I was sure we’d got the whole thing wrong, me and her, but the woman continued as if she had thought about this for some time when I know for certain she hadn’t. “Yes, the fatalism. There’s something very nice about just accepting that things happen. That’s what I miss.”

The TV man was still not pleased. “But fatalism can be a bad thing too.”

The woman accepts that but still sticks by her answer. The TV man, frustrated, moves on. He asks her to describe Africa in one word, she says without thinking, in a way I find very reckless, “Space”. Again the TV man gives her his look of disapproval and I’m sure she’s messed it up completely.

The next day I talk to the other writers and find that indeed her answers were not correct. Africa in one word? Diversity, they say. I ask nothing else for fear I’ll learn the truth about my failure. In any case, the TV man will just edit it out, that’s what TV people do when they don’t like certain parts. It’ll be fine.

But later I think further about the answers the woman who was interviewed gave. As I dig around in the crevices of my mind I begin to see that, in fact, she had got my answers correct.

I grew up in America. America, if nothing else, is a land of people looking for answers. Unanswered questions are not allowed. There is a reason for everything and if you can’t find it you’re just not trying hard enough.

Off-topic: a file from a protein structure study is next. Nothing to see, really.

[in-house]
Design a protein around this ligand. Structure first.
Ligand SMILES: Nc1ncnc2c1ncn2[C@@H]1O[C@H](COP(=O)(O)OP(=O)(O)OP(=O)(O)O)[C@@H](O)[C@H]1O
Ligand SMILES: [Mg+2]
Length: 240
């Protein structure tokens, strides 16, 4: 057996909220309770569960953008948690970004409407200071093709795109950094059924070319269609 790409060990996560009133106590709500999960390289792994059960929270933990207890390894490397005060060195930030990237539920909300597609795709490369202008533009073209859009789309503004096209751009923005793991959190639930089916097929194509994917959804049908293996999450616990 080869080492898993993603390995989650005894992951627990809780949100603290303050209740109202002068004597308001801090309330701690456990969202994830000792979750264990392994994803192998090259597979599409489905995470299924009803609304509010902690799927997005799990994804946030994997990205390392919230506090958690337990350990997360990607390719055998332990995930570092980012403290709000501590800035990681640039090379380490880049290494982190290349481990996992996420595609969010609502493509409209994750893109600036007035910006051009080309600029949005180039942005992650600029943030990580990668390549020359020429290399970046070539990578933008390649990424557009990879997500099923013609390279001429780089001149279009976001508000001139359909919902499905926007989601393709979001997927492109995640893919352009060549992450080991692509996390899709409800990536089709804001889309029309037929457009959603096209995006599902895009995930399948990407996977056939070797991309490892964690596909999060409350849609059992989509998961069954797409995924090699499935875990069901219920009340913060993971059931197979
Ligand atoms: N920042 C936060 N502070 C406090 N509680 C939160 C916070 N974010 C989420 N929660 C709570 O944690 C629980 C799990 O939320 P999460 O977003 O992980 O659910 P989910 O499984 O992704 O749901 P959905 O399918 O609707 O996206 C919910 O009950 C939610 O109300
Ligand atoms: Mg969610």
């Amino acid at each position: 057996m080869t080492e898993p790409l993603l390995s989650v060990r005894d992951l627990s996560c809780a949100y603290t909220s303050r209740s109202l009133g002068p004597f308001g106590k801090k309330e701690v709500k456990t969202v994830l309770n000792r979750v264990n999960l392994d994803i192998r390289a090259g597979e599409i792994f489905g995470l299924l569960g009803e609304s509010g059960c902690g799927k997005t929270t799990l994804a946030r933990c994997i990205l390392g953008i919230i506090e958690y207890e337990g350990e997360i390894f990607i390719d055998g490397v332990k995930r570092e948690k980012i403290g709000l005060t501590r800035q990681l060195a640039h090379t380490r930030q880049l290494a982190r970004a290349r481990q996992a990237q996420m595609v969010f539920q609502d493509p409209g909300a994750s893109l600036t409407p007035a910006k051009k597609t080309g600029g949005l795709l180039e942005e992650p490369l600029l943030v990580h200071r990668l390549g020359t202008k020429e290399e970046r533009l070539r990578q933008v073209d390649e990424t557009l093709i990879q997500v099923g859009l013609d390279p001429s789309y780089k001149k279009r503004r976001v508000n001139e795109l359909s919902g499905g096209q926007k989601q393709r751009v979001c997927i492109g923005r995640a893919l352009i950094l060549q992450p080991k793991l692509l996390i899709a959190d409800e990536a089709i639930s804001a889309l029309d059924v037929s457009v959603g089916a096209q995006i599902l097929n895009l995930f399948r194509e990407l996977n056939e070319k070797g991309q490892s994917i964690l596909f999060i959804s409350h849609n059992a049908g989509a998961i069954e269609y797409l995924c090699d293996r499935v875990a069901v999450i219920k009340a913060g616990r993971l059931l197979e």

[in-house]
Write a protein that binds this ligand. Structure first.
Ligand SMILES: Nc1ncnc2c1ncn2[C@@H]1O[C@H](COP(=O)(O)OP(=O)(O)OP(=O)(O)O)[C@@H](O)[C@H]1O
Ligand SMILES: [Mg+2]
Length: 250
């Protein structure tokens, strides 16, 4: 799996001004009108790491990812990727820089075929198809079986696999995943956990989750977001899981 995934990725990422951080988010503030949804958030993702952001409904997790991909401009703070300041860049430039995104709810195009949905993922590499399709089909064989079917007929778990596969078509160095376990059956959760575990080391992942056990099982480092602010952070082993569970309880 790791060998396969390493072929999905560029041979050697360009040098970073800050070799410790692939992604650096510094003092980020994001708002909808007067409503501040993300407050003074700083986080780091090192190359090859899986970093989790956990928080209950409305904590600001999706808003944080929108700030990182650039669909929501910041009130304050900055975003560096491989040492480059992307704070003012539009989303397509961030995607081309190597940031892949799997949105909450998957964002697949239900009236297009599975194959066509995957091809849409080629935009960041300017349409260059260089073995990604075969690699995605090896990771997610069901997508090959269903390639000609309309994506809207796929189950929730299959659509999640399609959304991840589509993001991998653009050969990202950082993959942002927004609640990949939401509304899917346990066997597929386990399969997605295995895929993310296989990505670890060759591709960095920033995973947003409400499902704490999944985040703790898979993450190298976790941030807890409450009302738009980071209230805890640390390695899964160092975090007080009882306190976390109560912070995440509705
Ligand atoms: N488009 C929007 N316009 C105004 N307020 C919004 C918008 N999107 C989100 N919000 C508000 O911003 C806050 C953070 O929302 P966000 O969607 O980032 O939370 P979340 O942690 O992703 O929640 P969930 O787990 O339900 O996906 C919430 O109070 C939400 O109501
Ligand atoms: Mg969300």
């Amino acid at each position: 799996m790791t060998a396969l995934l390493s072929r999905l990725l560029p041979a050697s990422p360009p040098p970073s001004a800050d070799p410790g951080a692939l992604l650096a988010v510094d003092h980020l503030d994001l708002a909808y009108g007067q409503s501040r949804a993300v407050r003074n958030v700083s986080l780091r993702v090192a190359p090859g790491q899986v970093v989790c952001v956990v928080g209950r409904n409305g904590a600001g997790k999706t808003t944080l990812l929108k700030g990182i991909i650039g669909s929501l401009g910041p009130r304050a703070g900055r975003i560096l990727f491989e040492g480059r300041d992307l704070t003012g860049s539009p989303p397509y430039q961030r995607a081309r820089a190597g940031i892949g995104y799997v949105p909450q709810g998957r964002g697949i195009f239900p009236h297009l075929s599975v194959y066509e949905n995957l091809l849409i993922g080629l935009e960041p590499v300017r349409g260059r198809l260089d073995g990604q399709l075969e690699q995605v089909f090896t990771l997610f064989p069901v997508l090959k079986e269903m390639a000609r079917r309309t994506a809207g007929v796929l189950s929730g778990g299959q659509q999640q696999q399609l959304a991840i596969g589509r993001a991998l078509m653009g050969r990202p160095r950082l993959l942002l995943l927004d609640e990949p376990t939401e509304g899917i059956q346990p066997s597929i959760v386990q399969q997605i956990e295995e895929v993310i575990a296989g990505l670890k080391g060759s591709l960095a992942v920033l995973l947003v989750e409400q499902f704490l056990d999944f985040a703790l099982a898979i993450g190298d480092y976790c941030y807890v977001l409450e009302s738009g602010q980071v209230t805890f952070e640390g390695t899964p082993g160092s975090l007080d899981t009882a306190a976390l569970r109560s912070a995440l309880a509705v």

In Botswana, people accept that life sometimes goes wrong. Problems happen. Sometimes things don’t work. Sometimes the outcome you expect is not the one that you’ll get. It’s just the way it is.

There’s something very comforting about that. It alleviates a lot of responsibility. I suppose that’s what the TV man doesn’t like, but for me it sets me free. Not every action requires you to be ready to accept the entire burden of responsibility, so you can be freer to make choices that might mean things don’t work out. I don’t need to search and search for the reason behind everything. I don’t need to worry about things I can’t control. I can go forward and accept that sometimes things won’t go my way and that’s fine. And in that embracing of fatalism is where I find all the space I need.

Thursday, October 6, 2011

Join My Blog Book Tour!!!